Hiring an assassin to kill Darth Vader: it's probably better to pay AFTER the job is done. Vader's the target in this new series, kicking off this week.
This week's sole issue of a Star Wars comic is the start of a new Darth Vader post-Revenge of the Sith storyline, and it seems that someone really, really wants Vader to pay. So much that he's willing to hire not one, but nine assassins to exact revenge on the Dark Lord of the Sith. After the first eight have failed, we get Star Wars: Darth Vader and the Ninth Assassin #1 (DarkHorse.com profile). So is this story about Vader, or is it about those plotting to kill him? For now, the latter, as a wealthy man seeks to buy vengeance at a steep price. Spoilers ahead!
Summary: The first part is a flashback narrated by the wealthy mine operator on an iceball of a planet, of how his only son, a grown man, was killed by Vader after attempting to defend his family's honor when a Vader-enforced business negotiation humiliated them. Now, the mine operator has assembled an army of mercenaries to escort him to a secret lair on in a swamp, so that he can make contact with a top assassin. After finding the entrance and using an amputated hand to pass the scanner, the team reaches the guards, who are mowed down after denying the miner access. Inside the audience chamber with his forces, the old man pleads to the master that he will pay anything to fulfill his quest for vengeance, and that eight have already failed to complete the contract, though he only knows that three of them are dead. When the master assumes that all of the previous killers are dead, the miner turns to discover that his entire force of eighteen has been quietly slain behind his back, with the assassin he seeks to hire, lurking in the shadows with a metal blade drawn. The masked assassin warns the miner to not look upon him, but the mine operator insists on seeing the man he will be doing business with. Setting terms that the miner will not see or hear the assassin again, but will know the job is done by Vader's head is dropped into his lap, the assassin departs, knowing where Vader will be, leaving the mine operator with the master to work out the details of the payment. Meanwhile, Vader is busy subjugating another world with his clonetroopers. A few days later, the father is back at his icy base, happily pondering his day of vengeance, though he's now bandaged heavily over his eyes and ears - the price of witnessing this most lethal assassin in person.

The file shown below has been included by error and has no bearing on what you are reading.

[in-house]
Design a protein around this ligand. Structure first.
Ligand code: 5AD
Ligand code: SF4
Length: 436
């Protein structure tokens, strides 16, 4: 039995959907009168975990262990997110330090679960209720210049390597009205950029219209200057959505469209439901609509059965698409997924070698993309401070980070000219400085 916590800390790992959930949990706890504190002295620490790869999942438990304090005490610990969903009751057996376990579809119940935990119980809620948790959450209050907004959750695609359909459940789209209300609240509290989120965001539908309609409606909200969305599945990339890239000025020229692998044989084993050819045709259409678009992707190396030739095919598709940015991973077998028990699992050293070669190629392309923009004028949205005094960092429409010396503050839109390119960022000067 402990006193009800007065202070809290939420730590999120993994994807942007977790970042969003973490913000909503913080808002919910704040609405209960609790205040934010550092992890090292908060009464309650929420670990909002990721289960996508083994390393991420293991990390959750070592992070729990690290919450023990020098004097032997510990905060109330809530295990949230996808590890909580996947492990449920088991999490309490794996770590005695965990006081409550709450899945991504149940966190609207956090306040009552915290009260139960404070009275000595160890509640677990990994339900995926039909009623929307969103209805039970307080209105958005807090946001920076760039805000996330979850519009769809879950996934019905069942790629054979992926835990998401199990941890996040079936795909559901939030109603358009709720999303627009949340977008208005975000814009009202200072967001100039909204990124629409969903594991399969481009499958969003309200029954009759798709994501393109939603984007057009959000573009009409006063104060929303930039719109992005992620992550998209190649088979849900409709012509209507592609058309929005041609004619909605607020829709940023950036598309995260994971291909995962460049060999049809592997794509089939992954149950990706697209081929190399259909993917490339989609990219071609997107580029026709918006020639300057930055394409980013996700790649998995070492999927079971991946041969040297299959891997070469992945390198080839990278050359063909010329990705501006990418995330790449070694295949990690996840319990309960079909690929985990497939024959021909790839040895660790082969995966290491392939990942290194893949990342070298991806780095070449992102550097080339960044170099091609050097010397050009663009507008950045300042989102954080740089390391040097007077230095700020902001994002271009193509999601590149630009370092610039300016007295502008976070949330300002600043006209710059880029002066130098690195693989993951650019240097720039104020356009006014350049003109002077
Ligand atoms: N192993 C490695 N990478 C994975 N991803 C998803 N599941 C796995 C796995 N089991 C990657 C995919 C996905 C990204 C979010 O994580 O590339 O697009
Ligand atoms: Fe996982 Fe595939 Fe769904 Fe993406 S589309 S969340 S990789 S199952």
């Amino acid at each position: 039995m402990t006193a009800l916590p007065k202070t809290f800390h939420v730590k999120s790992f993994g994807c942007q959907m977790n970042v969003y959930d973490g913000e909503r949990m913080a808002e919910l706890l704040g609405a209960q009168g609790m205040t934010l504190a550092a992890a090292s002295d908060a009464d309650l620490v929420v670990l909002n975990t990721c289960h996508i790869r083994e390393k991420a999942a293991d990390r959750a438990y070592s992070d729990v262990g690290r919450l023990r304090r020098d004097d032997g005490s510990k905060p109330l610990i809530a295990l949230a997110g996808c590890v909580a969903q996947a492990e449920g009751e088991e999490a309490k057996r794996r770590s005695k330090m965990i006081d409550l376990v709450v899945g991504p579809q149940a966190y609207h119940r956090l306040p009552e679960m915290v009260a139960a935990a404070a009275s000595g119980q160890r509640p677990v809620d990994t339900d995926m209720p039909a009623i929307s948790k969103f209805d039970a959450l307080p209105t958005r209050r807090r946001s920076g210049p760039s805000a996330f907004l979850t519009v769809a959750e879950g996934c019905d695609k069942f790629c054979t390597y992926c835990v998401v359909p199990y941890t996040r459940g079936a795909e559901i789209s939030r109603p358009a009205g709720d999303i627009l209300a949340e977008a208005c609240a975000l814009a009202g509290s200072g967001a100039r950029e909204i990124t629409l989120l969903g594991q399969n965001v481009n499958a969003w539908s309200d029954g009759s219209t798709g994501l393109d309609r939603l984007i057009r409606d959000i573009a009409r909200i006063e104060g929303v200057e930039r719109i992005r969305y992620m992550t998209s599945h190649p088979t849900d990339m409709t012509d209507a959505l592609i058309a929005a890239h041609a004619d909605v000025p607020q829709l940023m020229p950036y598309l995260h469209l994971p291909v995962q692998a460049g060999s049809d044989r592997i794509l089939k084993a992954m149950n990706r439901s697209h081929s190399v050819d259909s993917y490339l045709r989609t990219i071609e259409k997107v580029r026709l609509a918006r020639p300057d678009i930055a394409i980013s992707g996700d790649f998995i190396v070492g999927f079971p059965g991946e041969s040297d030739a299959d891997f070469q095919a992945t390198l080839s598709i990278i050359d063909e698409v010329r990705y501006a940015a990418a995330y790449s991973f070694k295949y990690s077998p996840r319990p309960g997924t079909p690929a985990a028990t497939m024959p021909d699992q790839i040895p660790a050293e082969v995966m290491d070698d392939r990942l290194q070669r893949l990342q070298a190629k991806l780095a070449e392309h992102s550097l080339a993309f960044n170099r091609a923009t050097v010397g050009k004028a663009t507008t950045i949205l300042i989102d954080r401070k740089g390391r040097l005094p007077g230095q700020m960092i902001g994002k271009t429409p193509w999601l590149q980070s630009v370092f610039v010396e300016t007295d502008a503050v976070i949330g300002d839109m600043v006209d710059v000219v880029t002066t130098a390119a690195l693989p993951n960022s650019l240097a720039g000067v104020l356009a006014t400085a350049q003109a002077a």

Review: Wow.. how lethal is this new unnamed assassin? Eighteen mercenaries dropped in the span of a few sentences. And the cost that the miner pays for his vengeance - even happily so? What a way to immediately build up a mysterious killer that could be a real match for Darth Vader - the type of assassin that leaves no witnesses, and that doesn't have clients seek him out. And we know what the ninth assassin looks like - and lucky for us, this masked weapon of death is just fictional. Tim Siedell, a freelance writer, who as @badbanana was chosen by Time Magazine as one of the 140 best twitter feeds of 2011 for his humor, serves up some serious and scary stuff in this first issue. I'm hooked.
Despite the lack of names (the only name mentioned in the entire story is Darth Vader), the story is easy to follow as the focus is on the graying portly mine owner, clearly with no spending limits on his quest for avenging his heir. We get some flashbacks at the start, and then as he confronts the master of the lair, a final coda of the flashbacks, with a full-page scene of him cradling his dead son, while Vader looms overhead. We know immediately that the businessman and his son are not good people, though some excellent tell-us-don't-show-us use, as the father expressed pride in his son's accomplishments: the brutal treatment of the kobold-like miners (probably slaves, judging by the presence of collars and rags).
Plenty of enjoyable art here, with Stephen Thompson (who had previously done work on Republic #50: The Battle of Kamino) doing the pencils, Mark Irwin inking, and colorist Michael Atiyeh. There's a lot of good expression on the mine operator's face as he sweats through the swamp and his disdain for his dumb mercenaries, then sweats fear when confronted with an eliminator of such caliber. Also, check out the action panel of Vader killing the son - was it really murder, or stopping the killing of the other faction in the business dealing? There's some great detail on the mercenaries, and the alien 'master' and his guards, who brokers the deals for the assassin. Despite not appearing much, Vader gets the focus for two full-page spreads, and both work well. Ariel Olivetti does the cover, which captures the assassin's broker, with the Vader's mask as a silhouette behind him.
Random speculation: there's eighteen mercenaries that enter the inner audience chamber (and in an earlier shot in the swamp), but only seventeen bodies in the next big shot - was the assassin unmasked secretly serving as one of the mercenaries? or is the last body simply off screen?
So a bad man hires a bad man to kill a bad man out of revenge. Who to root for here? Smart money's on Vader obviously, but I can't wait to see how this plays out!